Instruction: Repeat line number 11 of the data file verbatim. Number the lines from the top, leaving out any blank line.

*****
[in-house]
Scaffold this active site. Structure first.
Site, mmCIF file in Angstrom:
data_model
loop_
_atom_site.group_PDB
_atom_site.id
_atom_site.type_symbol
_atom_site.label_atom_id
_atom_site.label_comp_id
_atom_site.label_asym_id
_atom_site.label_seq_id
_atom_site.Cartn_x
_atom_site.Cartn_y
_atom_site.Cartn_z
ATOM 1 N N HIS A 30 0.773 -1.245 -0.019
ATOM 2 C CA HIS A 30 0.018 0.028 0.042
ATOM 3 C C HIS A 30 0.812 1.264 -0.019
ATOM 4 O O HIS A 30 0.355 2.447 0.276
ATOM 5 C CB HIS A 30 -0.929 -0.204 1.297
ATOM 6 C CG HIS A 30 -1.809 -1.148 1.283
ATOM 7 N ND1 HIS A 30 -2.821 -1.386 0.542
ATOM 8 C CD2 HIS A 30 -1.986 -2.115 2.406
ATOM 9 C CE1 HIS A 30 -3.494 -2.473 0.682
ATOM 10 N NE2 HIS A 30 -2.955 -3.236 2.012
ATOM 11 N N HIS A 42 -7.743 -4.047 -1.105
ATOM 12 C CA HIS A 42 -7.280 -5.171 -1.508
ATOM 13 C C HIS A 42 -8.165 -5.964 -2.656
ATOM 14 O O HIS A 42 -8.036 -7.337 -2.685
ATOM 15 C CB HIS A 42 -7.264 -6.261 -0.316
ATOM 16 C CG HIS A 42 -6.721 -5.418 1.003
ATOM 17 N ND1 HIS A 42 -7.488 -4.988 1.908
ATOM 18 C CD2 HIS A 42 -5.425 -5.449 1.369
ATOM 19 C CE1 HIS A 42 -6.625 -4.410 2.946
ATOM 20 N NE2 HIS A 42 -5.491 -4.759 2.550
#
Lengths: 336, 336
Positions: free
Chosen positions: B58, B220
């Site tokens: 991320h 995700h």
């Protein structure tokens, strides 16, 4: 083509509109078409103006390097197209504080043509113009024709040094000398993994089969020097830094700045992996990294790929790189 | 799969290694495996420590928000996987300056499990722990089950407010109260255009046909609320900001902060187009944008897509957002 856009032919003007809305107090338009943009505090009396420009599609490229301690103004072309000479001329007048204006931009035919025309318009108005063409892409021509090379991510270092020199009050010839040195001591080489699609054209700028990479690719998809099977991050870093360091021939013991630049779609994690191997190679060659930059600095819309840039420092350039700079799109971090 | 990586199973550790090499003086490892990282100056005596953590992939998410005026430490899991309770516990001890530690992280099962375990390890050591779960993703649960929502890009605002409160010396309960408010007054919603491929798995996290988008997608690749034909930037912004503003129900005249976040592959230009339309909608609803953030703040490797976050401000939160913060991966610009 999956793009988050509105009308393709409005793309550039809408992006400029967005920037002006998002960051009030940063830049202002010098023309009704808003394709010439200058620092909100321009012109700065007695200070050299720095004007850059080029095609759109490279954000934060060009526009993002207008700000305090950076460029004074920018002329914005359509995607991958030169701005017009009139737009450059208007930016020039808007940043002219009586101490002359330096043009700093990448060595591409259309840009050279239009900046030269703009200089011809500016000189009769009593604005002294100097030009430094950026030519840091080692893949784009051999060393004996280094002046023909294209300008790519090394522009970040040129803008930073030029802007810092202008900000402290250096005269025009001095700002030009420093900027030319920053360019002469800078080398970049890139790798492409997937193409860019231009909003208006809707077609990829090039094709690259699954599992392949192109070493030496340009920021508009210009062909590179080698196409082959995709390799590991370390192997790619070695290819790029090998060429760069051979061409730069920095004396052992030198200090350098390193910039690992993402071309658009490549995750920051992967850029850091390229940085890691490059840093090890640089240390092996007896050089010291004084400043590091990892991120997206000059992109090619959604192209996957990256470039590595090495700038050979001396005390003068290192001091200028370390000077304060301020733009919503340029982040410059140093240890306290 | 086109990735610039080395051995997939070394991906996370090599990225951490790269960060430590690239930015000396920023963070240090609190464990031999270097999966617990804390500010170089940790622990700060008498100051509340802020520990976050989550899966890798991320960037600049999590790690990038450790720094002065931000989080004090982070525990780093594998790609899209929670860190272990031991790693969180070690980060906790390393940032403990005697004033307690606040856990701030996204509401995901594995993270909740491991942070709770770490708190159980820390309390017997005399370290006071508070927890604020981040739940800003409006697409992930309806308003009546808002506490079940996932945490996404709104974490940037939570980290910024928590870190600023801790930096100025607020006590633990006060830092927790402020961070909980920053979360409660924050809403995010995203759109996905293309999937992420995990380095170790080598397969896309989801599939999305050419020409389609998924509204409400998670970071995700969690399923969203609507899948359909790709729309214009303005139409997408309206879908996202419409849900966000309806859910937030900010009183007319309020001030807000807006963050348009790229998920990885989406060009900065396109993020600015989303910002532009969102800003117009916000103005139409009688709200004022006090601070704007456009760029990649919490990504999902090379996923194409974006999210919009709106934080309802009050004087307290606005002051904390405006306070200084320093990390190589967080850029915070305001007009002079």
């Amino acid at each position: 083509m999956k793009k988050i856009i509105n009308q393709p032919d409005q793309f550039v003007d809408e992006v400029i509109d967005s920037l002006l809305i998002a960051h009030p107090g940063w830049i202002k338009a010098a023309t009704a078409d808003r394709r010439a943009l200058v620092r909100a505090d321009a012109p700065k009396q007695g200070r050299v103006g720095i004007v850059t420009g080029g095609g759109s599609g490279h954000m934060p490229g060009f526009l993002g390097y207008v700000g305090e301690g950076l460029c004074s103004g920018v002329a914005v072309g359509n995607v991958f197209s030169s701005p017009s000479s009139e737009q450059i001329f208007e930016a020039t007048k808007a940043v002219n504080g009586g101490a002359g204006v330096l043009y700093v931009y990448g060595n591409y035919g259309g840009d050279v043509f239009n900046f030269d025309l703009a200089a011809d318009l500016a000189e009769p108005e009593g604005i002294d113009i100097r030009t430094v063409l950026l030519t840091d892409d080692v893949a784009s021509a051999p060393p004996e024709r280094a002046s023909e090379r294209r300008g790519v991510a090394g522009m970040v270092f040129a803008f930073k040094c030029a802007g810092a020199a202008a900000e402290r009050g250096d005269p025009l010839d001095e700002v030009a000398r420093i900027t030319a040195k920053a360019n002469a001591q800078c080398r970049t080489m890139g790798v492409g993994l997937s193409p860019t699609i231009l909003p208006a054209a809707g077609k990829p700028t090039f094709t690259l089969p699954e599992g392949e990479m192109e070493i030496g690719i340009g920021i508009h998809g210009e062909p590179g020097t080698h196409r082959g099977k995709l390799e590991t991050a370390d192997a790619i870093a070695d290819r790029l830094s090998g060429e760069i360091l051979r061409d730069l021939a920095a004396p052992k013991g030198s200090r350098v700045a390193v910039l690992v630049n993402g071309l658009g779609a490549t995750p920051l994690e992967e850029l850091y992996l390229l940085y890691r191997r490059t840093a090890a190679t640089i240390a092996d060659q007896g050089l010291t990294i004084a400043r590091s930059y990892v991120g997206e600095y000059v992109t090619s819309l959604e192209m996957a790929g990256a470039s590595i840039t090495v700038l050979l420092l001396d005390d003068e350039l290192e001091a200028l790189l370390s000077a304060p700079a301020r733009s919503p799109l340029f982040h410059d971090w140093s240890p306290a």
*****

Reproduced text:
_atom_site.label_asym_id